By browsing the table of contents on your left, you can read the entire text of this book online for free, licensed under a Creative Commons Attribution-NonCommercial 3.0 Unported License. Start reading the introduction now! If you like this book, please consider supporting it via the links below: Please submit corrections to the book on my Nature of Code GitHub repo. Bug reports for the site and online purchasing system can be reported on GitHub as well. Thanks everyone! Copyright © 2012 by Daniel Shiffman This work is licensed under the Creative Commons Attribution-NonCommercial 3.0 Unported License.
All of the book’s source code is licensed under the GNU Lesser General Public License as published by the Free Software Foundation; either version 2.1 of the License, or (at your option) any later version. Raspberry Pi Temperature Sensor. In this tutorial, we will be building a circuit to connect a temperature sensor to our Raspberry Pi, and writing a program to read the sensor data.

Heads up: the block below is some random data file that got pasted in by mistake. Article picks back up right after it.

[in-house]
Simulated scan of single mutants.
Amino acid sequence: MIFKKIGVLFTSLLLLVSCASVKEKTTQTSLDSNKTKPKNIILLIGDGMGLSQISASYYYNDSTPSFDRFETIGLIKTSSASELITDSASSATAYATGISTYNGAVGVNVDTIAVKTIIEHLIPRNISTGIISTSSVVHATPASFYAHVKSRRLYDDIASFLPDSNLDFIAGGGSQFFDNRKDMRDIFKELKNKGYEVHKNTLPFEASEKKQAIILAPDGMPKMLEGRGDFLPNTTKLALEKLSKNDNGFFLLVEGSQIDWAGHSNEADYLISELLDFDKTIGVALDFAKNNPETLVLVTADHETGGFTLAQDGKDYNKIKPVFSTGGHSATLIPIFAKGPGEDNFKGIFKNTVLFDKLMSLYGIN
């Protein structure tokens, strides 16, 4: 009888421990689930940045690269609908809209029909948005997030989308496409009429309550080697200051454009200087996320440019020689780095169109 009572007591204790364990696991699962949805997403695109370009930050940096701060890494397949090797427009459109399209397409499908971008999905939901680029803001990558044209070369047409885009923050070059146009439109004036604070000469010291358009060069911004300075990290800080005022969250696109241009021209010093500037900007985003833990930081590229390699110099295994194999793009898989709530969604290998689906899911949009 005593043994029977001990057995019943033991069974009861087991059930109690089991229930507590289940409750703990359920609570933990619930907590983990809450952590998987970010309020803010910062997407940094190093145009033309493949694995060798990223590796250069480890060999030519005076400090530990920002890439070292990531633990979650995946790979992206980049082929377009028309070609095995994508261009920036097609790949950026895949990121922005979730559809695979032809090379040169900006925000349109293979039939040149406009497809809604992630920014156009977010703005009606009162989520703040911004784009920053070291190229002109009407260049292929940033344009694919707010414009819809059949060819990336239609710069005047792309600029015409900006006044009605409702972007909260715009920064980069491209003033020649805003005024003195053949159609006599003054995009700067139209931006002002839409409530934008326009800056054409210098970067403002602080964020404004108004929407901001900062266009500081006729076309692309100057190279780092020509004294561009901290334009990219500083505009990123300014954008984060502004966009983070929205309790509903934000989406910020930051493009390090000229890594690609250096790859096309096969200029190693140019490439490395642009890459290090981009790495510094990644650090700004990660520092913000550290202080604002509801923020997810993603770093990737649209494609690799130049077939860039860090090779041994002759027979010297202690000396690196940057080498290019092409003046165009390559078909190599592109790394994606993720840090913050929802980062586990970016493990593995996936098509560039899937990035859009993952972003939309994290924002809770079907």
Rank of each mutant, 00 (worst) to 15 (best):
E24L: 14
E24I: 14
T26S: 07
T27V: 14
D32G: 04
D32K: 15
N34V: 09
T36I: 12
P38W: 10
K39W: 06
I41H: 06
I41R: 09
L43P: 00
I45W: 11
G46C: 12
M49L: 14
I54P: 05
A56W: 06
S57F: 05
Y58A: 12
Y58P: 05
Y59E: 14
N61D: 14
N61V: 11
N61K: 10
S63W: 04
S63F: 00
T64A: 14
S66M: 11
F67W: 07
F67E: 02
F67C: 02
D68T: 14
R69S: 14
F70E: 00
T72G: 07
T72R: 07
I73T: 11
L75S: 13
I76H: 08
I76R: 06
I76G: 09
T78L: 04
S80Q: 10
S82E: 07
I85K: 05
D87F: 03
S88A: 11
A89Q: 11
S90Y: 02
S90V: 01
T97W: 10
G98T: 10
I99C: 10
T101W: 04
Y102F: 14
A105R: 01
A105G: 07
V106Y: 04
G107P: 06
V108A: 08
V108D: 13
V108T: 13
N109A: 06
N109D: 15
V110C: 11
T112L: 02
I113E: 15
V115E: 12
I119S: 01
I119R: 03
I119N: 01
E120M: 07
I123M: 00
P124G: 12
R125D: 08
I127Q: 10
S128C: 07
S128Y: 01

The circuit we will build is going to connect to the Raspberry Pi using the GPIO pins. GPIO stands for General Purpose Input/Output. General purpose because all they are is simple connections that can be either high or low, a binary choice. This means we can easily do things that involves binary choices, and it will still be nice and simple to understand what is going on. In this tutorial, we are going to be turning LEDs off and on, and checking whether buttons are being pressed—all very binary actions, which makes them ideally suited for GPIO pins. [1107.5216] Implementing and assessing computational modeling in introductory mechanics. Developing students’ computational modeling skills. I was asked to share my experience and thoughts on developing students computational modeling skills in large introductory physics courses.